Every mechanic everywhere likes to say three things about diesel engines:they are easy to work on, will run forever, and will start right up after periods of dormancy. So when we bought our boat, and knew that the engine was a big question mark, having not run in a long time, we fell back on that seemingly sage advice and didn't give it another thought. It would run, and easily, and forever.
The day we set out to "get her running" we made sure to arrive with two new deep cycle marine batteries. We cranked endlessly. Nothing. Well, to be fair, one little pop. We would revisit that little pop innumerable times in future conversations. Why did it happen? What could it mean? etc. Anyway, we called on all family, friends, mechanics known and unknown for help. One of our last ditch efforts was a mechanic in the Bronx who spent hours cramped next to our engine before finally telling us the sad news, that we needed to have the engine rebuilt. There was something more menacing going on than dirty fuel, poor compression, or insufficient battery power. But don't worry, there was a shop up the road that would do it for $9,000. I watched Max's face receive that number, and knew we would be doing it ourselves. But how?
The next weekend we extracted the engine from the cavity of our little ship like a diseased organ. A greased up and filthy contrivance. We took it out on a cold December day with the aid of a fork lift, countless ratchet straps, a come along or two, and Max's dad. It came out, but inch by irregular inch. Truthfully, it could've been much harder, and often is damn near impossible. The removable floor of the Westsail's cockpit makes it easier, if not manageable at all. We lowered the engine, a Perkins 4.108 by the way, into the back of our truck and drove it upstate for a complete overhaul.
We had no idea what we were doing. None at all. It's amazing in retrospect. We knew what the front and back were, that it needed compression/fuel/air to run, and most consequentially, that we had a remarkable community of salts and grease monkeys to rely upon. We also knew that it was going to be cheaper to do it ourselves. By no means cheap, but by all means cheaper. And we are cheap!
Once we had the engine bolted to our homemade shop table, we began the rebuild by stripping everything we could off and labeling it. The starter and alternator went to be overhauled by a local guy in Kingston, NY who interestingly enough builds starters and violins, the head went to a diesel mechanic who would do a lot of work for us, and we were lucky enough to have a friend sign up to help us through the entire process. Thanks Greg for spending countless cold and frustrating weekends helping us put the engine back together!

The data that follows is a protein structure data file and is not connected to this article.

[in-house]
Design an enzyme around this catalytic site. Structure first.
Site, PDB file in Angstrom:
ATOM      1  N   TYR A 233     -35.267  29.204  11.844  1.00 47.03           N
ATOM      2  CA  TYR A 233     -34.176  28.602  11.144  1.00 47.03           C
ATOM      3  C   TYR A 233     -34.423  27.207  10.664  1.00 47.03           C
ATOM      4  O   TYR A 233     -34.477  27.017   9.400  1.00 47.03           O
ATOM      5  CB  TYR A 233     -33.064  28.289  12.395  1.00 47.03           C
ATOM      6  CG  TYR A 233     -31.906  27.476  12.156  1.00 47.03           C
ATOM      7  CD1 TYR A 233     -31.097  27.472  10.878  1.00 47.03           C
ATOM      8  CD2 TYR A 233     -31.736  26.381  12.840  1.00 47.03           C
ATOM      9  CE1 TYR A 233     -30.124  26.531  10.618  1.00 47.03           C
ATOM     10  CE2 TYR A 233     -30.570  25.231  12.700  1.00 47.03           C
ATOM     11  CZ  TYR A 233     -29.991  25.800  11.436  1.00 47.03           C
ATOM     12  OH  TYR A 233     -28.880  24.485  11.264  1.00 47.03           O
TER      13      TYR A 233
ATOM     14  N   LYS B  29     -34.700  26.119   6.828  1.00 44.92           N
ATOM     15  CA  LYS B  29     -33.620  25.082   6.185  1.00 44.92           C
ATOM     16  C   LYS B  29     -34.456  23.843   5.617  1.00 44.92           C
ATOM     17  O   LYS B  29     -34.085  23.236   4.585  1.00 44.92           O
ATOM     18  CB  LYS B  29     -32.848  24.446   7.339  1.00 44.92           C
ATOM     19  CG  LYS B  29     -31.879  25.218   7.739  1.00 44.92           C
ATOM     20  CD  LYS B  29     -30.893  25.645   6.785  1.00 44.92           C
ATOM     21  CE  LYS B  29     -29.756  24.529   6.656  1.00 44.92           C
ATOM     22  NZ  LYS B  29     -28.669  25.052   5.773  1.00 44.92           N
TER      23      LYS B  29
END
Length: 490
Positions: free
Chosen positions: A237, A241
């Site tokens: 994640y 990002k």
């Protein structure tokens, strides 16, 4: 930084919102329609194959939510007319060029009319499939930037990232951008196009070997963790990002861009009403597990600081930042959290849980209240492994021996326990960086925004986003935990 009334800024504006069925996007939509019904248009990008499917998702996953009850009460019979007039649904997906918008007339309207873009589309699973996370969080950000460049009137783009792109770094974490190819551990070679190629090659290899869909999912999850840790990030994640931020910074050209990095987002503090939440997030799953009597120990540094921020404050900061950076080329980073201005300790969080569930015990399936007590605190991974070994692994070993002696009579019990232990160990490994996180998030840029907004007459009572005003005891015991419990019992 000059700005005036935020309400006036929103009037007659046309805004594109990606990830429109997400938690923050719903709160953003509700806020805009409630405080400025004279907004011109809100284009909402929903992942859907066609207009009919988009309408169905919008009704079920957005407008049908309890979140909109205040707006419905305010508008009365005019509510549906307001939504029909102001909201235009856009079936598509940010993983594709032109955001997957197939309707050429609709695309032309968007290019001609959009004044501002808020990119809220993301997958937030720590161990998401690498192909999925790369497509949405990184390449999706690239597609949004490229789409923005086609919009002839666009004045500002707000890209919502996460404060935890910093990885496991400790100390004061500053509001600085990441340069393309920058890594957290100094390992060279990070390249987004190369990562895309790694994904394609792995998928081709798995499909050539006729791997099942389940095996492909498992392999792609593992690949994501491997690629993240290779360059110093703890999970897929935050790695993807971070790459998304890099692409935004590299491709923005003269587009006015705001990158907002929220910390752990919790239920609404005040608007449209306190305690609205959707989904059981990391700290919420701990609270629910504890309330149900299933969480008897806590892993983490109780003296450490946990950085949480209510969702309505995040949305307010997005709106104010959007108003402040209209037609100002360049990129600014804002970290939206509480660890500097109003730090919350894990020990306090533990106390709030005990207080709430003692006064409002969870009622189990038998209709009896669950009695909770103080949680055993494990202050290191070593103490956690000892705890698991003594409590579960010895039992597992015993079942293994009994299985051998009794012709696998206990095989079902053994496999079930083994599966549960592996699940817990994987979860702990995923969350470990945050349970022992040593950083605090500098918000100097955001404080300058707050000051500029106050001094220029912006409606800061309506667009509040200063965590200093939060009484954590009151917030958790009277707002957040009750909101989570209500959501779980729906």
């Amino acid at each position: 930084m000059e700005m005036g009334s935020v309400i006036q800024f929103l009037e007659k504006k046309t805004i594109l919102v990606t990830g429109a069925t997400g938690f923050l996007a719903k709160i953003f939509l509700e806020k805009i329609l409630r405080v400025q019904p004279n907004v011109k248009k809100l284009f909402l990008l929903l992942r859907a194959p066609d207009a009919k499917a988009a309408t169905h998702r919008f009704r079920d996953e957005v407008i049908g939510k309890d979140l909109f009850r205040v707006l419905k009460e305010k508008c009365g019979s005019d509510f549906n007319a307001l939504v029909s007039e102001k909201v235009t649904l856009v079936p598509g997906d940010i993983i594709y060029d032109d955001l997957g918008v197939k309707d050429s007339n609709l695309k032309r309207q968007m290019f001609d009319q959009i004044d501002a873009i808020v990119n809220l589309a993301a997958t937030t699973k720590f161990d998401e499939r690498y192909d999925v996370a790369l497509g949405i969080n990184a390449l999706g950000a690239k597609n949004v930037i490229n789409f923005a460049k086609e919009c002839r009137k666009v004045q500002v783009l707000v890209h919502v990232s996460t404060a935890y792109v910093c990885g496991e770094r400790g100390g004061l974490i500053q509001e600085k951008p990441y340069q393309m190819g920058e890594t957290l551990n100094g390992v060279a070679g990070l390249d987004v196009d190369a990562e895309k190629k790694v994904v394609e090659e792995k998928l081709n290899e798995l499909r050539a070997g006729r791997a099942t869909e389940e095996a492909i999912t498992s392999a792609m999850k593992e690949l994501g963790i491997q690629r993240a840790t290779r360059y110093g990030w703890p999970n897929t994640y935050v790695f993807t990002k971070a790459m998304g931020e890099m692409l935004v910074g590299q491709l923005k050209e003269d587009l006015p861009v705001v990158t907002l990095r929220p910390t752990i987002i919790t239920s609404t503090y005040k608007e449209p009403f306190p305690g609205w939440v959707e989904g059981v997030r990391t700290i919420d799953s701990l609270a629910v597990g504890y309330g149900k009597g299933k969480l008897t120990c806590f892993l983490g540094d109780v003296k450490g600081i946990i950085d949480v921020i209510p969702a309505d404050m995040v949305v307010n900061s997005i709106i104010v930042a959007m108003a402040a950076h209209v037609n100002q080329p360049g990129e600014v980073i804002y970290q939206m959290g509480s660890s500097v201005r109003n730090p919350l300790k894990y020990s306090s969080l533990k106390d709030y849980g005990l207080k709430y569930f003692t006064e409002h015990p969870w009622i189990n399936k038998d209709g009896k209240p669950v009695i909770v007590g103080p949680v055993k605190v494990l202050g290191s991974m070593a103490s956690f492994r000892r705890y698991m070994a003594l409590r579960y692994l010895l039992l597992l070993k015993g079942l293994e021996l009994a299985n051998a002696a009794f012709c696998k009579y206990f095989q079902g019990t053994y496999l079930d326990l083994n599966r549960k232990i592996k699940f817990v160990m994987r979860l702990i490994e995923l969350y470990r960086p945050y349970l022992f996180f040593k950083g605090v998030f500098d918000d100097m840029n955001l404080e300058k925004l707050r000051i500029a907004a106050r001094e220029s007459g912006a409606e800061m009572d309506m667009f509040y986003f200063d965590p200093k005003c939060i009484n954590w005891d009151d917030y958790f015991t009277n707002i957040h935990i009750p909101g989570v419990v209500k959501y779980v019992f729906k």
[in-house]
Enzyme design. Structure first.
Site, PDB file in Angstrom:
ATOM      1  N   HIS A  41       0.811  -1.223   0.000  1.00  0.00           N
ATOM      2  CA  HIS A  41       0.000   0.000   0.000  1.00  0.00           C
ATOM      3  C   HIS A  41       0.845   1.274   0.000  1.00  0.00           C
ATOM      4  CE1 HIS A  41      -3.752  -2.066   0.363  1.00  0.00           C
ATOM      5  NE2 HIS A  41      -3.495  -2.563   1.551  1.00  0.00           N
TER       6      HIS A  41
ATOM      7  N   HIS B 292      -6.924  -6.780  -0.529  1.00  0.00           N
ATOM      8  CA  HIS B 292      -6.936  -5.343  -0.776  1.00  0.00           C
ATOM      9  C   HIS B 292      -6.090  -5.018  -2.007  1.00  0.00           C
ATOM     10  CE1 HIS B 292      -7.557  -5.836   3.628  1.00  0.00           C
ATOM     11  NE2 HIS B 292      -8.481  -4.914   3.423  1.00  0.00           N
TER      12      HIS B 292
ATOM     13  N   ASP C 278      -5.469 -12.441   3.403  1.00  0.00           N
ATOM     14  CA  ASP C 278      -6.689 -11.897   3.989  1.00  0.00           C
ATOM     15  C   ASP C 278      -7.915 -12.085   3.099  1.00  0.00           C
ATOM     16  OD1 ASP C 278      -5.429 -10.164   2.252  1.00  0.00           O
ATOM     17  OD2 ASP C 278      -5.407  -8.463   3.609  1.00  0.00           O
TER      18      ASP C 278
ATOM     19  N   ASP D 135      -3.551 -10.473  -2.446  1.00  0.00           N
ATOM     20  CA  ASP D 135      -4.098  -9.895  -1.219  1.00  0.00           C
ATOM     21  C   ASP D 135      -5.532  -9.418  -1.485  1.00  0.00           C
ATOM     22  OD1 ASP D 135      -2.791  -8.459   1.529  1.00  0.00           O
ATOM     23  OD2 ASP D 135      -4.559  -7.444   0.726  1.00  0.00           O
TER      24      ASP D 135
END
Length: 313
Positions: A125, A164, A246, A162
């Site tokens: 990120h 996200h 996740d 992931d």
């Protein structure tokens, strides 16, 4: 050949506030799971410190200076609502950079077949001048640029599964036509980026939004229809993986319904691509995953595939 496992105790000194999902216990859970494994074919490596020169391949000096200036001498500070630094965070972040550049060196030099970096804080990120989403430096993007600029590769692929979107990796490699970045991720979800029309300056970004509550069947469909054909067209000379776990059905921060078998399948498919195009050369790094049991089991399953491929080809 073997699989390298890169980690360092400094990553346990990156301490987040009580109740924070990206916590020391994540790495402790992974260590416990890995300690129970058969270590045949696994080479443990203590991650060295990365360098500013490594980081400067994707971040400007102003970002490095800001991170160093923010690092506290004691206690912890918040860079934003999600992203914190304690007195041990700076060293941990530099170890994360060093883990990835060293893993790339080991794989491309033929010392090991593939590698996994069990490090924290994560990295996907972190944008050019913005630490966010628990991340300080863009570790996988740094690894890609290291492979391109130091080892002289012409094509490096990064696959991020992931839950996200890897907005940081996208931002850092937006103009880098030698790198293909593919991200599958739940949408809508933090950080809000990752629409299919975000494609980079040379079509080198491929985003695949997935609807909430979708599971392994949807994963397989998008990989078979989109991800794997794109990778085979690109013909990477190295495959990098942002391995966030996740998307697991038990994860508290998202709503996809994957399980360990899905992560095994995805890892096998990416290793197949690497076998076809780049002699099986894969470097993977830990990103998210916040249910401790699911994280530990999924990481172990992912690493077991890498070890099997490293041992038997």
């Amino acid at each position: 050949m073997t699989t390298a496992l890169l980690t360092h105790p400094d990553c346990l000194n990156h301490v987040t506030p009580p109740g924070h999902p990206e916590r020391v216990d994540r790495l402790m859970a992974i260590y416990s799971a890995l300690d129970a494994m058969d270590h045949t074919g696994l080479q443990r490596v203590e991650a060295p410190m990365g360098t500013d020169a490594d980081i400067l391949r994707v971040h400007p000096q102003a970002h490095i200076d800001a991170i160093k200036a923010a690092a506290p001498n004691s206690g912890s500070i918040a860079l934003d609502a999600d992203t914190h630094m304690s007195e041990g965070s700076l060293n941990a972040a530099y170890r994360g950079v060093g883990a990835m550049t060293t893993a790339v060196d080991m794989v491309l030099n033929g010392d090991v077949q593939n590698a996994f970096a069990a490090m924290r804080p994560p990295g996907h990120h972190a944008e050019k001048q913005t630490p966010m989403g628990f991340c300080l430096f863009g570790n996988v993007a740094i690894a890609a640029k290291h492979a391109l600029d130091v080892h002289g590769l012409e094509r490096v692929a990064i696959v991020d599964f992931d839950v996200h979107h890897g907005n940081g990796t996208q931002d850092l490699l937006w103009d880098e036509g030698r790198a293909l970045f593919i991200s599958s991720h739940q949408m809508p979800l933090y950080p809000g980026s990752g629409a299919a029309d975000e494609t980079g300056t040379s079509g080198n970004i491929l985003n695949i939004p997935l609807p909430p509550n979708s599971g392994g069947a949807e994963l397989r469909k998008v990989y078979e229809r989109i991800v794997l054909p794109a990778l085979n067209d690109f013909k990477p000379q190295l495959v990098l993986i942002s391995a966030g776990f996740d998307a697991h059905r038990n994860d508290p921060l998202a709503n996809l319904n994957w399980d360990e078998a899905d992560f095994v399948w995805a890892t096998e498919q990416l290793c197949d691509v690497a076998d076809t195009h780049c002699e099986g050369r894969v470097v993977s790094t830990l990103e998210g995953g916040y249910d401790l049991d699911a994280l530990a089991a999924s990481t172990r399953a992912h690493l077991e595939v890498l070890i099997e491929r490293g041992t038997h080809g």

The deisel mechanic who helped us out treated the head to a bath in Magnivox, which removes corrosion so that one may see if the head itself is cracked. in our case it was, as you can see here.
The mechanic, Paul Matthies, found a used (but not cracked) head for us.
Another major deal was rebuiding the raw water pump, which presented a bit of a challenge. You can see it here as it was when we first took the engine out.
In the end we did a tremendous amount of work on the engine, and it took a long time! We rebuilt the raw water pump, replaced injectors, valves, rings, bearings, pistons, sleeves, oil pump, all filters, fuel lift pump, engine mounts (not installed yet), replaced the head which came with glow plug holes which is rare for a Perkins, installed glow plugs, replaced all gaskets, and had the starter and alternator rebuilt. The project cost $6000, 4000 in parts and services procured from others, and about 2000 in additional parts, materials, and tools needed for re-assembly/getting her started.
One thing that is absolutely true, about sailing, sailboats, and definitely this engine, affects all things that we can choose to fix or have fixed, and that is that the real learning, and the real value is in the struggle of the process. We knew early on that if we rebuilt the engine, if we spelunked into her corroded and pock-marked inner chambers, then one day, out on the open sea, with limited time and only our own knowledge, we might know how to fix it.
Here are a few more photos...
|The final painting.|
|After the installation.|